There and Back Again: Five Reasons Tolkien Rocks (Guest Blogger China Mieville)

      (The City & The City, an Amazon "best book" for June.)

The Author of the Century, of course, needs no help from anyone (least of all a speck like me). No force on earth could undermine either the juggernaut implacability of his sales, nor the world-historic scale of his influence, nor the truly enormous weight of his achievement. The man puts the 'epic' in 'epic win'. However--or, more accurately, because of that--every few years, certain as tides, someone will write a splenetic screed against the Professor, explaining why he's the devil/ worst things to happen to fantasy/voice of reaction/zomg most boring writer EVER /etc. The Oedipal Resentment motivating many of these attacks may be trivially obvious, especially in those from within fantastic fiction, but it doesn't follow that the substance of all the criticism is baseless. There are perfectly reasonable arguments to be had about the impact, nature, scale and success of Tolkien's work. The sheer religious zealotry with which some Tolkienistas defend the master, when it ignores those grounds for debate and refuses to countenance a flaw anywhere in the MiddleEarthian edifice, doesn't, then, help matters. Even more nuanced pro-Hobbit partisans sometimes--and acknowledging that there are always debates on this--choose what look to some of us to be questionable grounds for defence. Because there are arguments not only about what is regrettable in Tolkien, but about what is indispensible. Accordingly, what follows is a list of some Perhaps In Some Cases Somewhat Insufficiently Stressed Reasons We Should All Be Terribly Grateful To Tolkien. It may be redundant strictly qua defence, this defence of a corpus that is thriving, but perhaps it's not pointless anyway.

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Comments (78)

Exciting article. I do agree that Tolkien's employment is not without disagreement or fault, but as a original and creative mastermind he has few peers. Thanks for as long as such kind of articles.

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Posted by: pandoralink | Thursday August 18, 2011 at 10:42 PM

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Posted by: Cheap NFL Jerseys | Wednesday August 17, 2011 at 6:25 PM

I must thank you quite heartily for writing this article.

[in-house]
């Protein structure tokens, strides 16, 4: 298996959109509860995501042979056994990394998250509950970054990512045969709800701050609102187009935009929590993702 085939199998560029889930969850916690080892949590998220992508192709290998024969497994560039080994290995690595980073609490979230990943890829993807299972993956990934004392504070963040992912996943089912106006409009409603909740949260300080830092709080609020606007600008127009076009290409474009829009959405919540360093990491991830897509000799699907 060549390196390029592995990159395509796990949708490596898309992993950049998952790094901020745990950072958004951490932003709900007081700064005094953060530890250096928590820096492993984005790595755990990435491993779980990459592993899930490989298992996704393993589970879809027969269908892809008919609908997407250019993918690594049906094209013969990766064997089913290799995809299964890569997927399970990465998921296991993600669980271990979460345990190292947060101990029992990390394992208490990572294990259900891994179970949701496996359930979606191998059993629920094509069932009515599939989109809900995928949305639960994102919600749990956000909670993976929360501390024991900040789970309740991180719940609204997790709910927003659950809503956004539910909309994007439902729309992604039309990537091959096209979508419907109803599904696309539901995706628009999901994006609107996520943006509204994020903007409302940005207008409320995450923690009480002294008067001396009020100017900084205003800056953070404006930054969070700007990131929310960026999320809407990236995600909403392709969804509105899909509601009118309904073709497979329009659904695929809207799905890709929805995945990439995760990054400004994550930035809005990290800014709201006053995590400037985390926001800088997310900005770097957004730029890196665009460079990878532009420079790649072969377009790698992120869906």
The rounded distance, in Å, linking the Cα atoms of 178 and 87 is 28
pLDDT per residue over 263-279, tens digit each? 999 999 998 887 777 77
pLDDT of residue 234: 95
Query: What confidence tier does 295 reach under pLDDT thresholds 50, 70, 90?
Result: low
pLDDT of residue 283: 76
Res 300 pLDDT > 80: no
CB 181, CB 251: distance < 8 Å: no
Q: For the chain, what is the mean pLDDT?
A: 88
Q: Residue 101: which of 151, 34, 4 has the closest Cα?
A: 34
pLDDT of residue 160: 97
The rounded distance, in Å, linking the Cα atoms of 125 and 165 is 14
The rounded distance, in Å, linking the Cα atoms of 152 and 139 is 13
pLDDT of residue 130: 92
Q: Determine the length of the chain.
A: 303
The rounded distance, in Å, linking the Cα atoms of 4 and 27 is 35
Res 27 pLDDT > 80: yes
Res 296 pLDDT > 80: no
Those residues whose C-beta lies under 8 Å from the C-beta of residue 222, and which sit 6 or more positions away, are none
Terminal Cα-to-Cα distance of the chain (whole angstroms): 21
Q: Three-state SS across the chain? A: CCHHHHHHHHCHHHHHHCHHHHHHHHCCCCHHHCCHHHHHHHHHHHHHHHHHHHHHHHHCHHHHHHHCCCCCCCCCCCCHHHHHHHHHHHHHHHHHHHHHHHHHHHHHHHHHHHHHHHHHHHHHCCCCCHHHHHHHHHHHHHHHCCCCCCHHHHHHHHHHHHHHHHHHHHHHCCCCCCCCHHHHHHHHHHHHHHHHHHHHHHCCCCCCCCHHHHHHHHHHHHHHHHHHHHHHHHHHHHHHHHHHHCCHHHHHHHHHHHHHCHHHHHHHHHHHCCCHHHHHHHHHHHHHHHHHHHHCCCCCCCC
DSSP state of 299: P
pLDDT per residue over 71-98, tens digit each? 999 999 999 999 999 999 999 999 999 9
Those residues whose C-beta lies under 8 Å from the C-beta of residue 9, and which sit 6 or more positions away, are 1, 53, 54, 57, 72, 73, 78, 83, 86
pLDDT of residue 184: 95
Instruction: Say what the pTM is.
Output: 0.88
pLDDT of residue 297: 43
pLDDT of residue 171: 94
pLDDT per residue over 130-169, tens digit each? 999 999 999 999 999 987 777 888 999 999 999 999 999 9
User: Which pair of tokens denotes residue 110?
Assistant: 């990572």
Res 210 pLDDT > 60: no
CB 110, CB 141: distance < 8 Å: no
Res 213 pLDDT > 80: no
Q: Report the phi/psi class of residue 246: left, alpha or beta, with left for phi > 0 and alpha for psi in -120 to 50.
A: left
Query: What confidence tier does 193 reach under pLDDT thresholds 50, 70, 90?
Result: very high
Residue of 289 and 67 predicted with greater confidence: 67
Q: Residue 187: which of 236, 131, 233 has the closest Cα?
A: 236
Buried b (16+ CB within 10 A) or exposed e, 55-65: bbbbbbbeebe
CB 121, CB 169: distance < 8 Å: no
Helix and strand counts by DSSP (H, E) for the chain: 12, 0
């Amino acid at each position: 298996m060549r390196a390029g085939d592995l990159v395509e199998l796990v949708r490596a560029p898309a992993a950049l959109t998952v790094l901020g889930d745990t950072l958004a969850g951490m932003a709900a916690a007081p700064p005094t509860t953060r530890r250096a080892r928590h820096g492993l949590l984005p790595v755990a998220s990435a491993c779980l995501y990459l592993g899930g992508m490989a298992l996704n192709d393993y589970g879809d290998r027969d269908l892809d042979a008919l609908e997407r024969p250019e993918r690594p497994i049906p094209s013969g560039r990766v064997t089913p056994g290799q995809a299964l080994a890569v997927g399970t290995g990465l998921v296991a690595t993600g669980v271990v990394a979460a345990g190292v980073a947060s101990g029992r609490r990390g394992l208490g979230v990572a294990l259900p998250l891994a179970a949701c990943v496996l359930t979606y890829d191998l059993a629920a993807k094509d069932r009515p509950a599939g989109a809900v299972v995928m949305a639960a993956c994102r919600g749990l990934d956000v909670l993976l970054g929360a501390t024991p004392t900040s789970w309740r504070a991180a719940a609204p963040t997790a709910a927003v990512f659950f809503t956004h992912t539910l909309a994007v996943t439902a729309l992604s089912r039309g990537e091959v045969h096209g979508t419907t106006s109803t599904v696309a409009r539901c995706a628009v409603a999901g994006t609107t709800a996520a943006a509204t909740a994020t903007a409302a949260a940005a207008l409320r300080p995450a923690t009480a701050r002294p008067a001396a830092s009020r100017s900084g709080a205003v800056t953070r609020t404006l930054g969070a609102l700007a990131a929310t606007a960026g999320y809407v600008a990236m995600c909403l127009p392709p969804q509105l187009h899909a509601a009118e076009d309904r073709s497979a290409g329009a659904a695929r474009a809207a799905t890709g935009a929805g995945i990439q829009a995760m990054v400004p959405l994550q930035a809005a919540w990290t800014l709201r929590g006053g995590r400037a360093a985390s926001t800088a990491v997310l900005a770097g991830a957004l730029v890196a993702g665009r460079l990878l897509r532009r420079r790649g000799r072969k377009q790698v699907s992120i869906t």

Posted by: spy pen wholesale | Wednesday June 15, 2011 at 11:51 PM

Easy, I spose, what with all the half present allegories floating about.

Posted by: spy pen wholesale | Wednesday June 15, 2011 at 11:50 PM

very good.I'm glad someone pointed out the McSweeny's is a parody, because when I read it, all I could think was that it was tongue-in-cheek. I've had similar conversations with friends, and we were laughing our asses off.

Posted by: spy pen wholesale | Wednesday June 15, 2011 at 11:49 PM

These things are clear and, I think, needed to be said because so many silly and vicious things are casually scrawled on the web regarding Tolkien's books.

W. H. Auden said, "I rarely remember a book about which I have had such violent arguments. Nobody seems to have a moderate opinion: either, like myself, people find it a masterpiece of its genre or they cannot abide." To those who "can't abide" in our day are added those who can't abide its influence and those who can't abide Tolkien's beliefs.

Posted by: marly youmans | Tuesday June 7, 2011 at 6:37 PM

Aww, Lawrence...why did you have to go and do that :p

Posted by: dogcow | Saturday August 28, 2010 at 11:50 AM

Lawrence, thanks. The Zinn and Chomsky thing was parody written by someone neither Zinn or Chomsky. Thanks for your fantastic 5 points, all of them spot on.I am glad Prof Tolkiens work has endured, and looks to dominate for years to come. I wonder if thats not because everyone who discovers it feel that they have discovered it alone. I always feel like Tolkien is taking me on a private guided tour.Middle earth has 30 gazillion vistors a year and i never run into to anyone else there.